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Killing marijuana fields of Bengal on Int’l Day against Drug Abuse

26 June, 2019 20:26:24
Killing marijuana fields of Bengal on Int’l Day against Drug Abuse

‘Who will provide the high cost of fertilisers and pesticides needed to grow food crops like paddy or even cash crops like mustard and oil seeds?’ asked a visibly worried farmer Md Iqbal. Visible signs of poverty was etched on his face and toiling for years on his old hands. But off late he had found a new way of earning, and that too much higher than his crops would fetch. That of growing Ganja or marijuana. Finally, he and many farmers along three dozen villages of Nadia district along the Bangladesh border were caught. They like many others had taken to this lucrative cash crop that fetched them large profits with very little work. However, the authorities were quick enough to destroy the crops as soon as they got news. 

We often get news of huge haul of illegal drugs seized on the West Begal-Bangladesh border. Yet, there are reports that show blocks like Hanskhali, Karimganj, Nakashipara, Krishnaganj and Chapra had once upon a time a flourishing ganja cultivation. Recurrent failure to get remunerative price for paddy and jute crops forced the growers to change the cropping pattern, although not yet in a big way, to grow ganja in scattered plots. Just take one example. Just 100 marijuana plants generate a revenue of at least Rs 3.5 lakh. One ganja plant yields Rs 20,000 after its life of six months. Who can give up this offer? Then they are readily sold too. Agents of smugglers who have international connections visit and procure crops on the spot. The smugglers and their touts come mostly from Bangladesh.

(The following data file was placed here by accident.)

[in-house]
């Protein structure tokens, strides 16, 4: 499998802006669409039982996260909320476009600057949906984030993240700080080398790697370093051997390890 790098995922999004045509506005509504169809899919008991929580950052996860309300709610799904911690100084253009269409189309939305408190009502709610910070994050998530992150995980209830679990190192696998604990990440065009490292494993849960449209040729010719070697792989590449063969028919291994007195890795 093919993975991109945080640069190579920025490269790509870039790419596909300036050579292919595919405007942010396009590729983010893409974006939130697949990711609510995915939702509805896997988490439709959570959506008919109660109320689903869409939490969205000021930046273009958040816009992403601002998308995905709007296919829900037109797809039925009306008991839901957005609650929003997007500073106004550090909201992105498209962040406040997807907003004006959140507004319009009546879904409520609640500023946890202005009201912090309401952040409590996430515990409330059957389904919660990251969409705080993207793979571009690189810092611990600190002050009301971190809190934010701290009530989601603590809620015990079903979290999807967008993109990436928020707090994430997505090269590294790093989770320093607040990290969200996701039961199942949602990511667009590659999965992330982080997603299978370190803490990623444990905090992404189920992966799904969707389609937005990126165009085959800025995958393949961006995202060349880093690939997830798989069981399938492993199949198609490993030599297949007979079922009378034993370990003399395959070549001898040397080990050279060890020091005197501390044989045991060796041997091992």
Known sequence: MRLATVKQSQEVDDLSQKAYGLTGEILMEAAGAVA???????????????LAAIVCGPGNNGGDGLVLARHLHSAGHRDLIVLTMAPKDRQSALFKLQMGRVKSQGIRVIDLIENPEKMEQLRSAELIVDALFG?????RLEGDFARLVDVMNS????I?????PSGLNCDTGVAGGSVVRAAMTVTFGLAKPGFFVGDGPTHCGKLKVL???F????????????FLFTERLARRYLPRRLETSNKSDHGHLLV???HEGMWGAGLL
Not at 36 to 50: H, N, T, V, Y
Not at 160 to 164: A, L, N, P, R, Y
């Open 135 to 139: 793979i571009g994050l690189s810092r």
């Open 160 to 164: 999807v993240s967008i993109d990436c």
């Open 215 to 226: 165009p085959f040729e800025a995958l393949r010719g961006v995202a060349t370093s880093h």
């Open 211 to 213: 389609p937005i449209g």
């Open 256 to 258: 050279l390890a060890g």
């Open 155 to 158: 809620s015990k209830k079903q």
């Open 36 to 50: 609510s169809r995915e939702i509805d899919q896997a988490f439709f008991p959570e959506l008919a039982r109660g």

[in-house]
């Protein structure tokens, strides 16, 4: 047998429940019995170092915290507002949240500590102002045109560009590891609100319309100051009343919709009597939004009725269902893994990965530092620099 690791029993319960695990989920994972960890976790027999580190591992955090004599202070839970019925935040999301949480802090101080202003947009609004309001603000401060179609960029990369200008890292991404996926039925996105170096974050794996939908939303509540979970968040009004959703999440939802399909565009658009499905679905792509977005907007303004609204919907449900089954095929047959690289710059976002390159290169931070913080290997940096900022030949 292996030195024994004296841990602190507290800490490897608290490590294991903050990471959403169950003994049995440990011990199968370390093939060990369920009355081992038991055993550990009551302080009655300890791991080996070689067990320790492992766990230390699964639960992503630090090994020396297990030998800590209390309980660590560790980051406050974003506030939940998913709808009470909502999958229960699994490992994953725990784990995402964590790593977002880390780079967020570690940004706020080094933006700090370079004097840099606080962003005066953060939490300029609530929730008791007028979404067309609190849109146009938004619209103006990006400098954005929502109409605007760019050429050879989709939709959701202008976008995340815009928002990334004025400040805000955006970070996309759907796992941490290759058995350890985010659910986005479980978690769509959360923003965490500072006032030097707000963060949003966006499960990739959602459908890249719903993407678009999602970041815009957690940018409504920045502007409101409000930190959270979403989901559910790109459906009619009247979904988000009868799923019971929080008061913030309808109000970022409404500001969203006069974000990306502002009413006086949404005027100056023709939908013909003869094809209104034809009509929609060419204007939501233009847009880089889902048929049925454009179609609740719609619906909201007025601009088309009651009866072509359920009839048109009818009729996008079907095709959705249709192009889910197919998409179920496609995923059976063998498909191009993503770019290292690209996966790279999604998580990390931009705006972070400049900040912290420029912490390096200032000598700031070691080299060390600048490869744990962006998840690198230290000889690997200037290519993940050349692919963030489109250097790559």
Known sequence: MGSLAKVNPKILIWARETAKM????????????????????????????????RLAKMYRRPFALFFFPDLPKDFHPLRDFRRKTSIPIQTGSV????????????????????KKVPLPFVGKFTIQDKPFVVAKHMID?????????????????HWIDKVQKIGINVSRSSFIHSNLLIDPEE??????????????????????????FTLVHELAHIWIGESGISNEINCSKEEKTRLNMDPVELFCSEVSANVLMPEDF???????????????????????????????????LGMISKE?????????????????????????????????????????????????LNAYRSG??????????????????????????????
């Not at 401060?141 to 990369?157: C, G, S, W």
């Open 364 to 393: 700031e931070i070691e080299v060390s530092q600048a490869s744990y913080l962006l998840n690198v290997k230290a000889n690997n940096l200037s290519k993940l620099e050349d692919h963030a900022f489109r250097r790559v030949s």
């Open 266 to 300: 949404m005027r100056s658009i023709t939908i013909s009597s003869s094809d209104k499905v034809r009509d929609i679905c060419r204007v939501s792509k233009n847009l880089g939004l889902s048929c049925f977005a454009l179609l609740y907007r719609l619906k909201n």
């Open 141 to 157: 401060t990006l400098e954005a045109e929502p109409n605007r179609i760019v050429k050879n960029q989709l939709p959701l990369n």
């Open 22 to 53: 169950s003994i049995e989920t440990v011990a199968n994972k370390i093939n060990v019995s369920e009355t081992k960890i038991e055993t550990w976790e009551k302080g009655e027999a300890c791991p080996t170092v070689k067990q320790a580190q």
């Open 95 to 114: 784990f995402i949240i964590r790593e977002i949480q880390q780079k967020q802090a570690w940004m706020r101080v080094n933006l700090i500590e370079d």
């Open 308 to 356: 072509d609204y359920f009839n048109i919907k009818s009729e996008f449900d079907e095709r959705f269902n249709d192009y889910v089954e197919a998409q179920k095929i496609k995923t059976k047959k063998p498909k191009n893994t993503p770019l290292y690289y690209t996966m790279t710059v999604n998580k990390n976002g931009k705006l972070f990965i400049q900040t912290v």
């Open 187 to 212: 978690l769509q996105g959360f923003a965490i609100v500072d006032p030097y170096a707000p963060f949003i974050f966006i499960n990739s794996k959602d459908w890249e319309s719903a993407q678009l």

Another raw cannabis cultivation region is Coochbehar district. Encroached river-beds, backyards or even kitchen garden space are used to cultivate ganja. According to a ‘Narco-trafficking’ report, over 200 km stretch of NH 31 from Assam Bengal Border of Coochbehar District to Islampur of North Dinajpur. This Siliguri corridor is used by smugglers of Nepal and Bhutan. However, the district administrations have stepped in to encourage farmers to grow flowers and exotic fruits that fetch them high profits compared to the usual food and cash crops.

Lotus, marigold, sunflowers that are used for producing oil have a huge demand and so do exotic orchids in North Bengal that have a big market. Similarly, the villages surrounding Sunderbans that again have a border with Bangladesh are seen to be taking apiculture as a new farm option. Honey again can fetch large profits and so do mushroom cultivation. The problem lies in the socio-economic set up. Even in an age of 100 days of work, free seeds, waiver of farm loans, farmers still do not see the face of profit, thanks to changing weather pattern and global warming. So, they take to illegal drug plant cultivation to gain profits easily. The only mode to stop them is to give an alternative. The West Bengal government is doing that and has been successful to a large extent in curbing ganja cultivation that was rampant even a decade ago. 

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